Wow, that's a lot of cop cars. I must be getting close. I pull over to the side of the road to let a convoy of 20 or 30 police cars, sirens blaring and full of cops, pass by me on Wilshire Boulevard. It's 5:30, the height of rush hour. Traffic is normally slow. But now it's completely stopped.
Fortunately, I know what's going on, and I'm on my bike. After a few minutes delay, I hop on my bike and resume racing down Wilshire, passing mile upon mile of stopped cars. It's exhilerating.
At this point, I still harbor vague illusions that I'll be able to make it back in time for class -- I've got an hour, after all. That's plenty of time.
Normally, my Thursday evenings are spent going to my billiards class and generally goofing off. It's a good way to spend an evening and let some stress off. And, as this week had been particularly stressful for me, I was more than a little excited to take my brain off of classwork and paper-writing to spend an evening hitting balls with sticks. But, alas, as I sat there idly writing code for a class project, my cell phone buzzed. It was a text from my friend J.
J: "Huge no on 8 protest on wilshire just past westwood. Bring a bike and your sense of justice!"
Me: "What're people doing?"
J: "Closed off the streets! We're marching west! It's huge, cops, news. We're stalled right now but people are trying to push through"
(Perhaps you have not heard of Proposition 8 -- although evidence suggests that's unlikely. It's an amendment to California's constitution defining marriage as being valid between a man and a woman. The measure was proposed to counteract the supreme court's egregious finding that discriminating based on sexual orientation was, you know, maybe not so cool. It passed, sadly, 52-48%.)
I'm not sure if I was motivated more by my anger at injustice or my desire to flake out on classwork. It didn't much matter. I hopped on my bike, muttered a quick goodbye to my officemate, and peddled furiously south of campus.
And now, here I am, on one of the most major streets in LA, and it's completely shut down.
Luckily, I have no trouble getting ahold of J -- he's at the tail end of the march when I meet up with him, and I hop off my bike and start walking. We're in a crowd of thousands, marching and chanting. Sometimes in unison.
"Where are we marching to?" I ask. "The Mormon temple." I know the temple. I used to live right across the street from it. It's huge. Mormon donors (many from out of state) contributed a significant fraction of the Yes On 8 campaign's funding. And the crowd is marching to their temple to vent. I'm ambivalent about this -- it's frustrating to feel like someone else's religious beliefs are being foisted on you, but I worry that targeting particular groups like this will only serve to foster divisions.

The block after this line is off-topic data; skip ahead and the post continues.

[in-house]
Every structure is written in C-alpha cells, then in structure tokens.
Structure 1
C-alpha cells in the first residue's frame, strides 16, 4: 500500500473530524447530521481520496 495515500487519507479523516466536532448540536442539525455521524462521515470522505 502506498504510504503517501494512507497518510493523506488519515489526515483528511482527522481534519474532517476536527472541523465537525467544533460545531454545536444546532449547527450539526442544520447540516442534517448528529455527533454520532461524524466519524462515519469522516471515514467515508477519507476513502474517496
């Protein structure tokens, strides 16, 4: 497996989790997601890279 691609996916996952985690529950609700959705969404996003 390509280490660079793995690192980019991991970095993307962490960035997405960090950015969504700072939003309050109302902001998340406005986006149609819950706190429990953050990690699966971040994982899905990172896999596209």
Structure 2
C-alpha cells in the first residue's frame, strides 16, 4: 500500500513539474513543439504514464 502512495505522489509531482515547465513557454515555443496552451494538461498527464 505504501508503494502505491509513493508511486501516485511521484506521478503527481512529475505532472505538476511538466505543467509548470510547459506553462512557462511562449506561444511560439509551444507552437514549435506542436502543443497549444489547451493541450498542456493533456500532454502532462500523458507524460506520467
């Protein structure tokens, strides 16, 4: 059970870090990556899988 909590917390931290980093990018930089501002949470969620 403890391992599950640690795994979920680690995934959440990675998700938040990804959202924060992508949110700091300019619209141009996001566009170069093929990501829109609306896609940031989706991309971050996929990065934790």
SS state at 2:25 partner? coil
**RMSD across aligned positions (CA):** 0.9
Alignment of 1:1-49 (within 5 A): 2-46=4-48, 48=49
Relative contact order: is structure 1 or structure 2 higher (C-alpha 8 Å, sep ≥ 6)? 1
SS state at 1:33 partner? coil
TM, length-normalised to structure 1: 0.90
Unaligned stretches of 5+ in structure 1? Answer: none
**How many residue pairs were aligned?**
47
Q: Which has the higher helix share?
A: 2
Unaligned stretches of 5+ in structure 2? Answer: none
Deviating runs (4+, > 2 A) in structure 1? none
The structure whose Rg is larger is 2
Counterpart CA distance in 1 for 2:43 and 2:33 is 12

But I don't dwell on this too much. I'm too caught up in the swell of people, chanting "Gay, straight, black, white: marriage is a civil right!" at the top of my lungs, driving myself hoarse. I talk to a man who looks like a young, gay Jesus, whose husband was one of the lawyers that helped overturn Colorado's anti-sodomy laws. He seems nice.
We make it to the temple. The crowd stops. Puts signs up on the fences. Helicopters, ten of them, perhaps, are circling overhead, passing cars are honking at us, in (I choose to believe) support. The police are being remarkably decent: they're clearly not too thrilled with us, but they are extraordinarily efficient about clearing the roads, blocking off side streets, and keeping things safe.
A couple has an impromptu Jewish wedding in front of the temple. Not legal, of course -- I don't even know if they're really a couple -- but it's cute. Everybody cheers.
But then we're restless. The crowd's enthusiasm is waning, and people don't feel like milling around anymore. "March! March! March!" We have huge swaths of the city yet to explore, and we want to move!
We set turn around and set off north. And we keep going. We march through West Hollywood and into Beverly Hills. My feet are killing me, but I'm exhilarated. I yell, I start chants, I smile at befuddled club-goers on the sidewalks. I don't know if I'm here more to support the cause or for the pure pleasure of walking down the middle of major streets and basking in the attention. I don't care. I keep marching.
I can't really bring myself to believe this is going to accomplish anything. The measure was a constitutional amendment. Short of a federal-level constitutional challenge (unlikely) or another ballot measure to overturn it (very likely, but it'll be a few years), I don't see what can be done. Maybe this will raise attention to our frustrations. It's been getting press -- apparently our rally made it to CNN for a short while. I hope that we make the issue a little more tangible, a little more real to some of the people we pass on the sidewalks.
But I don't think about that now. I'm caught up in the emotion and the noise. I keep marching.